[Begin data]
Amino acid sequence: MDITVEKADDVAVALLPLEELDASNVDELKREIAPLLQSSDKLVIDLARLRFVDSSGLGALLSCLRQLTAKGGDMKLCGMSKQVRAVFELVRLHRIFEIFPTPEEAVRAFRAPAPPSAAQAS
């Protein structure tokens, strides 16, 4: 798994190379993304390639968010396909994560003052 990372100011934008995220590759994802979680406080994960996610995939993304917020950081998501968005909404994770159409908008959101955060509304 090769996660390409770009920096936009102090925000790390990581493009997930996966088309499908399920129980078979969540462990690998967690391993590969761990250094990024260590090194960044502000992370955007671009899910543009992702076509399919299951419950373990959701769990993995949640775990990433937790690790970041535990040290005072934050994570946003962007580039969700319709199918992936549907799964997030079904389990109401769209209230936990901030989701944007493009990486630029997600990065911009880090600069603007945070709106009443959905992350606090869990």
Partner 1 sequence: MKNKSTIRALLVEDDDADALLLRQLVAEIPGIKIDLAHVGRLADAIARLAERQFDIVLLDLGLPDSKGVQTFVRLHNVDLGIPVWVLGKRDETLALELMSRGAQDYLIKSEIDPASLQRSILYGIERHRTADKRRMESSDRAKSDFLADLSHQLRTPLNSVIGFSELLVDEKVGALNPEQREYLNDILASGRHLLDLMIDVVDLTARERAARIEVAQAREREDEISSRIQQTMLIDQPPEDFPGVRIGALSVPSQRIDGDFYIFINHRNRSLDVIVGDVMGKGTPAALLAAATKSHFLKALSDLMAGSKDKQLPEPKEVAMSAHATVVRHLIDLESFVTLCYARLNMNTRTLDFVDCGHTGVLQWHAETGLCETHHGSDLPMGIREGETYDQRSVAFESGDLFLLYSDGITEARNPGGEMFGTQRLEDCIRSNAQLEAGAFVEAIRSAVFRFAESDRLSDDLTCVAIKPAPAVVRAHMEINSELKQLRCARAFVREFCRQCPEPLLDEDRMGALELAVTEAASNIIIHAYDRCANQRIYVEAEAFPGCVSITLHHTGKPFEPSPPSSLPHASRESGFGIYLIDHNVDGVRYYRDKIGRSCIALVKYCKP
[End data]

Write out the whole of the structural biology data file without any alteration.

Amino acid sequence: MDITVEKADDVAVALLPLEELDASNVDELKREIAPLLQSSDKLVIDLARLRFVDSSGLGALLSCLRQLTAKGGDMKLCGMSKQVRAVFELVRLHRIFEIFPTPEEAVRAFRAPAPPSAAQAS
């Protein structure tokens, strides 16, 4: 798994190379993304390639968010396909994560003052 990372100011934008995220590759994802979680406080994960996610995939993304917020950081998501968005909404994770159409908008959101955060509304 090769996660390409770009920096936009102090925000790390990581493009997930996966088309499908399920129980078979969540462990690998967690391993590969761990250094990024260590090194960044502000992370955007671009899910543009992702076509399919299951419950373990959701769990993995949640775990990433937790690790970041535990040290005072934050994570946003962007580039969700319709199918992936549907799964997030079904389990109401769209209230936990901030989701944007493009990486630029997600990065911009880090600069603007945070709106009443959905992350606090869990």
Partner 1 sequence: MKNKSTIRALLVEDDDADALLLRQLVAEIPGIKIDLAHVGRLADAIARLAERQFDIVLLDLGLPDSKGVQTFVRLHNVDLGIPVWVLGKRDETLALELMSRGAQDYLIKSEIDPASLQRSILYGIERHRTADKRRMESSDRAKSDFLADLSHQLRTPLNSVIGFSELLVDEKVGALNPEQREYLNDILASGRHLLDLMIDVVDLTARERAARIEVAQAREREDEISSRIQQTMLIDQPPEDFPGVRIGALSVPSQRIDGDFYIFINHRNRSLDVIVGDVMGKGTPAALLAAATKSHFLKALSDLMAGSKDKQLPEPKEVAMSAHATVVRHLIDLESFVTLCYARLNMNTRTLDFVDCGHTGVLQWHAETGLCETHHGSDLPMGIREGETYDQRSVAFESGDLFLLYSDGITEARNPGGEMFGTQRLEDCIRSNAQLEAGAFVEAIRSAVFRFAESDRLSDDLTCVAIKPAPAVVRAHMEINSELKQLRCARAFVREFCRQCPEPLLDEDRMGALELAVTEAASNIIIHAYDRCANQRIYVEAEAFPGCVSITLHHTGKPFEPSPPSSLPHASRESGFGIYLIDHNVDGVRYYRDKIGRSCIALVKYCKP